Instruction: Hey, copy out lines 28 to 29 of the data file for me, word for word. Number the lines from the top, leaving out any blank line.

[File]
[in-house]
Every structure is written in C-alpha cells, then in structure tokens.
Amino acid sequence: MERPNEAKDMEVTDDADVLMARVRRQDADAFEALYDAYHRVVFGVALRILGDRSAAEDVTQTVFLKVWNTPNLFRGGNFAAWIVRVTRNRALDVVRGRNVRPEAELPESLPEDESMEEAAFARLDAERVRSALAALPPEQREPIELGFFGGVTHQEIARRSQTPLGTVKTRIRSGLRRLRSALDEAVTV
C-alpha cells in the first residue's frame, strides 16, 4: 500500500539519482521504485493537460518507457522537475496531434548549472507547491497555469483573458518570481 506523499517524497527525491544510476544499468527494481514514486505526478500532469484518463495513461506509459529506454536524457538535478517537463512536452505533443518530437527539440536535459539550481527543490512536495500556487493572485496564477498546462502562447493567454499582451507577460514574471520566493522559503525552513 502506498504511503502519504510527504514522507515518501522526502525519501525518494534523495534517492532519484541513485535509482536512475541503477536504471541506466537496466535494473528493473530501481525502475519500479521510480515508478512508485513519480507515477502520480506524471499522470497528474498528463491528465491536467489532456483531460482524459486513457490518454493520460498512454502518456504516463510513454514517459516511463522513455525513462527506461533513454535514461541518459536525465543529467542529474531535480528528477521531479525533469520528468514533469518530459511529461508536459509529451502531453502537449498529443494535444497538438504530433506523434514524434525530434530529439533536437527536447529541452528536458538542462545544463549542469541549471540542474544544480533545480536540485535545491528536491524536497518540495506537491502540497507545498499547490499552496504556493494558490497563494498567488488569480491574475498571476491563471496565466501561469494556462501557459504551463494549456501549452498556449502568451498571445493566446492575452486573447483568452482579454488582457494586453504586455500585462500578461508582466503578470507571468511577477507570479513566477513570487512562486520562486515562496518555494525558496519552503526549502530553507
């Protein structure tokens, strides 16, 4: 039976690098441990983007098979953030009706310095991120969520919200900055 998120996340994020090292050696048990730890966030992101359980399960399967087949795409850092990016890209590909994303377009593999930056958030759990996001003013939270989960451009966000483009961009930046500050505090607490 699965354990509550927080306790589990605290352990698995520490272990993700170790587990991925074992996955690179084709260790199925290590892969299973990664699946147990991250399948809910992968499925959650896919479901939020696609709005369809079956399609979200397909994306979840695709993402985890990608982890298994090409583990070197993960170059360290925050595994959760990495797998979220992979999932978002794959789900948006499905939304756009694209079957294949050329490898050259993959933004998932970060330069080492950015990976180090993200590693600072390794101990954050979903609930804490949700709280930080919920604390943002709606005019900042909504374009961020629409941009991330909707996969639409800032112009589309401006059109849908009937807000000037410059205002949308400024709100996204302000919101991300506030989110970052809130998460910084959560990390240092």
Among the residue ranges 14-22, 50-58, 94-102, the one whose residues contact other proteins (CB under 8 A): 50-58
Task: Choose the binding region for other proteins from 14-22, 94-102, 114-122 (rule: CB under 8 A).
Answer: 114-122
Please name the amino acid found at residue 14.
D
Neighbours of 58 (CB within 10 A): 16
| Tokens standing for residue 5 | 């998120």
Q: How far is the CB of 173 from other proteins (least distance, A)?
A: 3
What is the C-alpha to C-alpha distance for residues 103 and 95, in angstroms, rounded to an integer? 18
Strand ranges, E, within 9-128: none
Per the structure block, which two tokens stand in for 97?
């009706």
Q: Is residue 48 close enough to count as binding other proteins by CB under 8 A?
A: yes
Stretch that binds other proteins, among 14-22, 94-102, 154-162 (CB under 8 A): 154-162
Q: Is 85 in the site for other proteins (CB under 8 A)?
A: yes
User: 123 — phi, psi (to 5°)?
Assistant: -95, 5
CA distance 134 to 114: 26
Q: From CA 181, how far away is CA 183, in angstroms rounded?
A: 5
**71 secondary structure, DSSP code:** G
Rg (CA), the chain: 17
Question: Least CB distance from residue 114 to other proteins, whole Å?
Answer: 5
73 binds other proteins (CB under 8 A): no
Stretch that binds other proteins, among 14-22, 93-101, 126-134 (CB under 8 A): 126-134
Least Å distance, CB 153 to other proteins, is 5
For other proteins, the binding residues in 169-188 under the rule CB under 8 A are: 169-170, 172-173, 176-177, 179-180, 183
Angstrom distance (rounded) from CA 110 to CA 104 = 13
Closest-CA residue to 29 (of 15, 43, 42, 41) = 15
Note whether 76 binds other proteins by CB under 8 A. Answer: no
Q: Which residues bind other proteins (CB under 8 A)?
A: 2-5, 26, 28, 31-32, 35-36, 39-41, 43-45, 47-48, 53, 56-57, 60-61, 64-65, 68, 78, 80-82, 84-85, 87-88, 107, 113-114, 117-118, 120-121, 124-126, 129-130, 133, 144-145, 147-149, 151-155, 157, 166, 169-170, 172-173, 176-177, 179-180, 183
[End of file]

A: 5
**71 secondary structure, DSSP code:** G